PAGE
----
There are lots of ways to raise the visibility of your physiotherapy service including:

  • Ensuring clear signed outside and within buildings
  • Ensuing physiotherapists and physiotherapy support staff are uniformed and that their uniforms clearly shows that they are physiotherapists or physiotherapy support staff
  • Wearing CSP badges where allowable
  • Displaying CSP  posters and other material in appropriate spaces such as patient waiting areas or staff notice boards
  • Ensuring you have a website or that corporate websites lists your physiotherapy service
  • Listing your service on the CSP Physio2u directory http://www.csp.org.uk/your-health/find-physio/physio2u
  • Organising stalls or displays to explain what you do at a community event or in a public area of your building.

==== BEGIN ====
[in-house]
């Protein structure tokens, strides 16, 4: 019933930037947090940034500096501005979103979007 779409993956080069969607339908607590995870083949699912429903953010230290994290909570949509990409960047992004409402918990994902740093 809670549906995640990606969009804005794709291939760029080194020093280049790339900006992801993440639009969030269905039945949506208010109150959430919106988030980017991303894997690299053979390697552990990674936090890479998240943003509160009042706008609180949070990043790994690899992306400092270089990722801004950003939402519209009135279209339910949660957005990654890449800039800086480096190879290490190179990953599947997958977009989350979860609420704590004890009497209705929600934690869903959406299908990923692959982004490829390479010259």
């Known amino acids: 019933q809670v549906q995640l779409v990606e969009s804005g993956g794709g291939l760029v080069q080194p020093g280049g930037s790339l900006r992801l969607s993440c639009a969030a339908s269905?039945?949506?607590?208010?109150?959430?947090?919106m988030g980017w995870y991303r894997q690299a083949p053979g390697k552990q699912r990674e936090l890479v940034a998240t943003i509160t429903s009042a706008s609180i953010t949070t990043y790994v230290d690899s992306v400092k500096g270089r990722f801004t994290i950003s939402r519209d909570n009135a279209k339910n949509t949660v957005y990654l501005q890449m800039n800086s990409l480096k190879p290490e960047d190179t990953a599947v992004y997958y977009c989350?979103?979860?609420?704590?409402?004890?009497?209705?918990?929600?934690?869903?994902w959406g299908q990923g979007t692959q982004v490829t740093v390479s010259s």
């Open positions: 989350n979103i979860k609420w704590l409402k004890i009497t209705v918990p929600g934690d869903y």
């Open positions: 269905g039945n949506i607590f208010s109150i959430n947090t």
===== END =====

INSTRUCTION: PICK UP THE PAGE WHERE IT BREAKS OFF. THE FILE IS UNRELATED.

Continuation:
The CSP has designed logos and badges for use by individual Chartered Physiotherapists, students and physiotherapy assistants. We can also offer branded work wear and uniforms via our licensed supplier. For details visit the website: http://www.csp.org.uk/using-csp-brand



Patients will talk to friends and colleagues about their experiences. People generally trust advice from those they know. It is not surprising therefore that many private practitioners tell us that their greatest source of new referrals is personal recommendation. Physiotherapists and physiothepy support staff may feel uncomfortable about encouraging patients to spread the word about their services, but providing this is done reasonably it is not unprofessional.

Good feedback systems promote positive comments as well as complaints, so you should be encouraging patient feedback through notices asking for feedback, through patient surveys and in conversations with patients. Collecting positive patient feedback and, with their permission, sharing it with others is also a good way to promote a positive reputation.